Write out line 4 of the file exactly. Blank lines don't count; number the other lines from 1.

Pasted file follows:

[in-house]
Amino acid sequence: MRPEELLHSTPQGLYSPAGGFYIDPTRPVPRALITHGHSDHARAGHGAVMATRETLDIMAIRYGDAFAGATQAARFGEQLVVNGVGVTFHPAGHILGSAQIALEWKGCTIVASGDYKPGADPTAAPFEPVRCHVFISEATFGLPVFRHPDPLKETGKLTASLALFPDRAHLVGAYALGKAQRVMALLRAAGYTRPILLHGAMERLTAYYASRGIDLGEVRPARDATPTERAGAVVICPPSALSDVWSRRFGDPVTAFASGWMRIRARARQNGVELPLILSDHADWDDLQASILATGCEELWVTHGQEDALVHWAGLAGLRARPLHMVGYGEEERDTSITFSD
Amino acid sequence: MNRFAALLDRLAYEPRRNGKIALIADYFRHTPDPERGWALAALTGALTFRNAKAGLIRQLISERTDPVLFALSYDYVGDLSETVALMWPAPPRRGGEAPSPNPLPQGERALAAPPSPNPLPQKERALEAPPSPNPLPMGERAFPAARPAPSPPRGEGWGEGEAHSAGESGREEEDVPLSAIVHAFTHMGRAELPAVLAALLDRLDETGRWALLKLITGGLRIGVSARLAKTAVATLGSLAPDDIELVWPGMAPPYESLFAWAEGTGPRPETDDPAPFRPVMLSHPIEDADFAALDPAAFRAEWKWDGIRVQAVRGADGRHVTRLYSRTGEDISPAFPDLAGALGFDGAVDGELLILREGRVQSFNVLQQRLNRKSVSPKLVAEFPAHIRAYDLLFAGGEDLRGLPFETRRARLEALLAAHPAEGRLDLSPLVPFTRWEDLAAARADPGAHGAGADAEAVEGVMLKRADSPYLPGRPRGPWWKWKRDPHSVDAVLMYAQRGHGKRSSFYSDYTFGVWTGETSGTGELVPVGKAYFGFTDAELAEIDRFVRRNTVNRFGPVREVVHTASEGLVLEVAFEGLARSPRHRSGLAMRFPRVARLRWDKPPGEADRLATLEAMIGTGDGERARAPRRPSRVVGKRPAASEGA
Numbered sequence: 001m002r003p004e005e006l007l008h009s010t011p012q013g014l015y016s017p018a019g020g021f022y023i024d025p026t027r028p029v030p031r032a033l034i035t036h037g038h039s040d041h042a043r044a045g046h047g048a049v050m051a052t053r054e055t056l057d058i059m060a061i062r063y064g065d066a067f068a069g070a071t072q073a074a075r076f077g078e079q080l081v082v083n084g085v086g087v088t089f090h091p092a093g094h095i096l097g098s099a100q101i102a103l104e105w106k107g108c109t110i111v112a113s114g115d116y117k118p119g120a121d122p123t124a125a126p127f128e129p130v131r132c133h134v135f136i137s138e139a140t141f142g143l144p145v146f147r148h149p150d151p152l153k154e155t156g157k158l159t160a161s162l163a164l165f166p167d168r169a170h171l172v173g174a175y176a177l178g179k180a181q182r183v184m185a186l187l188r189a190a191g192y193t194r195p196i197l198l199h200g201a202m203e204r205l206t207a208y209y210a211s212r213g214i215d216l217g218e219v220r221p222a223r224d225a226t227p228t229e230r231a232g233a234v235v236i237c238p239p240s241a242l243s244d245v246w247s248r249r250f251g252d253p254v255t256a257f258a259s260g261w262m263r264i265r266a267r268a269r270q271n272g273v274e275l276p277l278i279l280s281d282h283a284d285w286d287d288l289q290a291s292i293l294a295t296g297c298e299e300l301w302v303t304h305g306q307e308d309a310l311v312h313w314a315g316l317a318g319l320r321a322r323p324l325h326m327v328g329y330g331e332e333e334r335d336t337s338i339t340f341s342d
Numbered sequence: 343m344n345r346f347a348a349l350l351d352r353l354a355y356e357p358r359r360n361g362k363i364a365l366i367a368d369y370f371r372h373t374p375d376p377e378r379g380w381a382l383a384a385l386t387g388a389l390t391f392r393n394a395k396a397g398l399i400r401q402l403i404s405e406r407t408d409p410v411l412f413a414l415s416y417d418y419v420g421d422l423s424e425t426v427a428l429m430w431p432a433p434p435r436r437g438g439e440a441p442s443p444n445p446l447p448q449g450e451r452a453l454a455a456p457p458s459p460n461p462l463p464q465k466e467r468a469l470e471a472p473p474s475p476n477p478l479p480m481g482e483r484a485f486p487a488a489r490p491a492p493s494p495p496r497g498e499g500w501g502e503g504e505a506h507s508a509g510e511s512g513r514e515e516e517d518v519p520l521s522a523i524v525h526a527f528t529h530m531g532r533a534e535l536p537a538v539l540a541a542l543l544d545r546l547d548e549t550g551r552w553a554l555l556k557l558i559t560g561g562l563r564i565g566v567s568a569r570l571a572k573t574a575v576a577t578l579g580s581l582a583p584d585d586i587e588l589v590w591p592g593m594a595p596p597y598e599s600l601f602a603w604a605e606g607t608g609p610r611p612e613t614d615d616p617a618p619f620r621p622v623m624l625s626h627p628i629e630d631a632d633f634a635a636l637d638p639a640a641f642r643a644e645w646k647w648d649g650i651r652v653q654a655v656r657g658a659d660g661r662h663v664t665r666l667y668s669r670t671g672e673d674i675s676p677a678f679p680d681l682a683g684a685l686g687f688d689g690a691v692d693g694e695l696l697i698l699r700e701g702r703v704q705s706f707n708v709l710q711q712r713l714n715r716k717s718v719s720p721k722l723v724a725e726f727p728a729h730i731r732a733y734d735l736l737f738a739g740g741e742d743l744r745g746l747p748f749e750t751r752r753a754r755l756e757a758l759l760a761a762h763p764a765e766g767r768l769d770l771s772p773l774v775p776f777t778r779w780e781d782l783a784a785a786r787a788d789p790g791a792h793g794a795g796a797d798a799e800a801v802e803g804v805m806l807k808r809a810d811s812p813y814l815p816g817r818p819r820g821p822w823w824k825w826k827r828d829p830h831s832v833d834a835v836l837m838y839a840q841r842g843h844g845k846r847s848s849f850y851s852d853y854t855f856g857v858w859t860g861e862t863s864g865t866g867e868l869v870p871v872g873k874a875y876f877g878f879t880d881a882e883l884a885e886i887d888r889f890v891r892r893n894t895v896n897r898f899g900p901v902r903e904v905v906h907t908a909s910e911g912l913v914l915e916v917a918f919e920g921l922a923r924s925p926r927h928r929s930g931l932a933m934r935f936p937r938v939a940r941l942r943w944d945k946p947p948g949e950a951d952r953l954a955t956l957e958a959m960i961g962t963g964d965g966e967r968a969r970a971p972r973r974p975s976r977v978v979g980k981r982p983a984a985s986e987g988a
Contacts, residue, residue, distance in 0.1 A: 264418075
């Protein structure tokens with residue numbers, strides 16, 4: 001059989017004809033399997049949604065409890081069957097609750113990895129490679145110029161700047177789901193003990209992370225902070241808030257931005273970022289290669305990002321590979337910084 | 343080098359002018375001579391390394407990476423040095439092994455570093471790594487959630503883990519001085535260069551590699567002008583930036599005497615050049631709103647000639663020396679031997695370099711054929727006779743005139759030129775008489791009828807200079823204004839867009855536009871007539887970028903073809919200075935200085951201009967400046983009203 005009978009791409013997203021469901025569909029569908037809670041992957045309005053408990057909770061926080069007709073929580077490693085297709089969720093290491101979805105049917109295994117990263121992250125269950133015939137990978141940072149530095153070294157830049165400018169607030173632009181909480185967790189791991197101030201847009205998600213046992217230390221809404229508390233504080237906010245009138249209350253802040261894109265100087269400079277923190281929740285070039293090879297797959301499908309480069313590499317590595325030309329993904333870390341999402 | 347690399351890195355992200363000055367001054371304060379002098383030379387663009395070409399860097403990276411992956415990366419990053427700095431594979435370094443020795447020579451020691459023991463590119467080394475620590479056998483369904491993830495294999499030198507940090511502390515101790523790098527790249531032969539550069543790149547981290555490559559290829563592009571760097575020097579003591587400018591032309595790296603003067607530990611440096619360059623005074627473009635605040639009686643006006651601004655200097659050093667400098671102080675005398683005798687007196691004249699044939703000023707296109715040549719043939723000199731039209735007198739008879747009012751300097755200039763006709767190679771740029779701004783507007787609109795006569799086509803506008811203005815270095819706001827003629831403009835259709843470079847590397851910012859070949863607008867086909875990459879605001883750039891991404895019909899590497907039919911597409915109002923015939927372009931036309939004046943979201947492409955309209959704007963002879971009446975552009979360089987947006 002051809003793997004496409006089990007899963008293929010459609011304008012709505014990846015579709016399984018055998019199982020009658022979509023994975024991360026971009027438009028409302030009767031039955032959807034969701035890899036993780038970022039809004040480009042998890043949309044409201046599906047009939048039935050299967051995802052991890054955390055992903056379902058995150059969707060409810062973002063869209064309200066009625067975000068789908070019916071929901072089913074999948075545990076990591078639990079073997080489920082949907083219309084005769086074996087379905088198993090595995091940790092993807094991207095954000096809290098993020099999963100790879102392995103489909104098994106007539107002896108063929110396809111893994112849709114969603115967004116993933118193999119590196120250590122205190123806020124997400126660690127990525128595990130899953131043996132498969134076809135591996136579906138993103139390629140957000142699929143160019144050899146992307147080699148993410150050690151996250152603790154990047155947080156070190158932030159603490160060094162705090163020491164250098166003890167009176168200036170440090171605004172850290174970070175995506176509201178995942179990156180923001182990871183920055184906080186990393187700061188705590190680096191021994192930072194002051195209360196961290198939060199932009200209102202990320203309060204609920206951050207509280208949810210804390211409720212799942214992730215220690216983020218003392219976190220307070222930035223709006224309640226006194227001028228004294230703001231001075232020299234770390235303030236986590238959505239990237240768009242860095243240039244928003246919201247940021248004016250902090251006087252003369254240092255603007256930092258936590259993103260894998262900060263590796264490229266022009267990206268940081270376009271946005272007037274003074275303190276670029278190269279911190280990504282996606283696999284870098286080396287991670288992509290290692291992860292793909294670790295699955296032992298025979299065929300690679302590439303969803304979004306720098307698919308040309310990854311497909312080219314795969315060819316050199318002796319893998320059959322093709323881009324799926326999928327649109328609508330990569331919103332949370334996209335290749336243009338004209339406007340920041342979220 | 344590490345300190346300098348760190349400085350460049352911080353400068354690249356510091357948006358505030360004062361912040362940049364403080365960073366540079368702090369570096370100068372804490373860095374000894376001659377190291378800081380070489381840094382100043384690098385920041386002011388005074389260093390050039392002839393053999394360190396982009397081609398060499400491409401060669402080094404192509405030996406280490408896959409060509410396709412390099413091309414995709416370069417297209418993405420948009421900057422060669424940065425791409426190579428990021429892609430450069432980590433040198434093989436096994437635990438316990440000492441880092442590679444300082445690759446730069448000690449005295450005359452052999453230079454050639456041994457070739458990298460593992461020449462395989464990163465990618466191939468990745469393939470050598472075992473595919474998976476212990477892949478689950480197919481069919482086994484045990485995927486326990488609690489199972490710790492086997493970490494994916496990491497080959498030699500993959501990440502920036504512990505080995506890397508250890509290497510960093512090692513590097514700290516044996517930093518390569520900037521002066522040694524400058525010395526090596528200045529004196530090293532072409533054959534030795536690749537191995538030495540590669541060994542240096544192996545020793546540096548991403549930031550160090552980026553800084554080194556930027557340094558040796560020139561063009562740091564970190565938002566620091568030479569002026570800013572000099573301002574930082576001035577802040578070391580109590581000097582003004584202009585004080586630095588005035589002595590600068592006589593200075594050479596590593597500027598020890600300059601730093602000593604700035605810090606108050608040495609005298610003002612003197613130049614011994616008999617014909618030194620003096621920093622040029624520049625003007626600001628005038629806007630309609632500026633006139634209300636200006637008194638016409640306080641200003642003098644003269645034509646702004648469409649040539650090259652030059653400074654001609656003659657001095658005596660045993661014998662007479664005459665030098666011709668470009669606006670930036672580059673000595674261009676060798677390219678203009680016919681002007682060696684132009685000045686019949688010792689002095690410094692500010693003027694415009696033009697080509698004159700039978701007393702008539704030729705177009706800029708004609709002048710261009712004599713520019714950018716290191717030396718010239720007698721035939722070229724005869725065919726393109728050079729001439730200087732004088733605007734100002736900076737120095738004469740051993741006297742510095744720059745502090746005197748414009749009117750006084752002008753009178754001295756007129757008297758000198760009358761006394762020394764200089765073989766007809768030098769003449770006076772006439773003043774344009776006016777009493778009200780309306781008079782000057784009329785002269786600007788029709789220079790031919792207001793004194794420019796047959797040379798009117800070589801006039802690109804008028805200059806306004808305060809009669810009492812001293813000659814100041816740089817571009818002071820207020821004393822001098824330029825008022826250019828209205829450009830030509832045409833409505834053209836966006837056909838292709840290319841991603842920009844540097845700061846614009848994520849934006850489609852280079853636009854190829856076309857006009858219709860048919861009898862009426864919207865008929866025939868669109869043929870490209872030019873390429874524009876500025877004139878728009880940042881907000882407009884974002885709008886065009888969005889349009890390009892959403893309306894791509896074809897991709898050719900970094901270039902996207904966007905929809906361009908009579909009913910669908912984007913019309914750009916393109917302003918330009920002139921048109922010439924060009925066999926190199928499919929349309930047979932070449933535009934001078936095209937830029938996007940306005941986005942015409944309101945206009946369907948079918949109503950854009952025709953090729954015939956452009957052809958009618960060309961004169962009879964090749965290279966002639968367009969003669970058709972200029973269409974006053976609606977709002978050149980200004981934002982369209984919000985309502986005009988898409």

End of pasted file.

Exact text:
Numbered sequence: 001m002r003p004e005e006l007l008h009s010t011p012q013g014l015y016s017p018a019g020g021f022y023i024d025p026t027r028p029v030p031r032a033l034i035t036h037g038h039s040d041h042a043r044a045g046h047g048a049v050m051a052t053r054e055t056l057d058i059m060a061i062r063y064g065d066a067f068a069g070a071t072q073a074a075r076f077g078e079q080l081v082v083n084g085v086g087v088t089f090h091p092a093g094h095i096l097g098s099a100q101i102a103l104e105w106k107g108c109t110i111v112a113s114g115d116y117k118p119g120a121d122p123t124a125a126p127f128e129p130v131r132c133h134v135f136i137s138e139a140t141f142g143l144p145v146f147r148h149p150d151p152l153k154e155t156g157k158l159t160a161s162l163a164l165f166p167d168r169a170h171l172v173g174a175y176a177l178g179k180a181q182r183v184m185a186l187l188r189a190a191g192y193t194r195p196i197l198l199h200g201a202m203e204r205l206t207a208y209y210a211s212r213g214i215d216l217g218e219v220r221p222a223r224d225a226t227p228t229e230r231a232g233a234v235v236i237c238p239p240s241a242l243s244d245v246w247s248r249r250f251g252d253p254v255t256a257f258a259s260g261w262m263r264i265r266a267r268a269r270q271n272g273v274e275l276p277l278i279l280s281d282h283a284d285w286d287d288l289q290a291s292i293l294a295t296g297c298e299e300l301w302v303t304h305g306q307e308d309a310l311v312h313w314a315g316l317a318g319l320r321a322r323p324l325h326m327v328g329y330g331e332e333e334r335d336t337s338i339t340f341s342d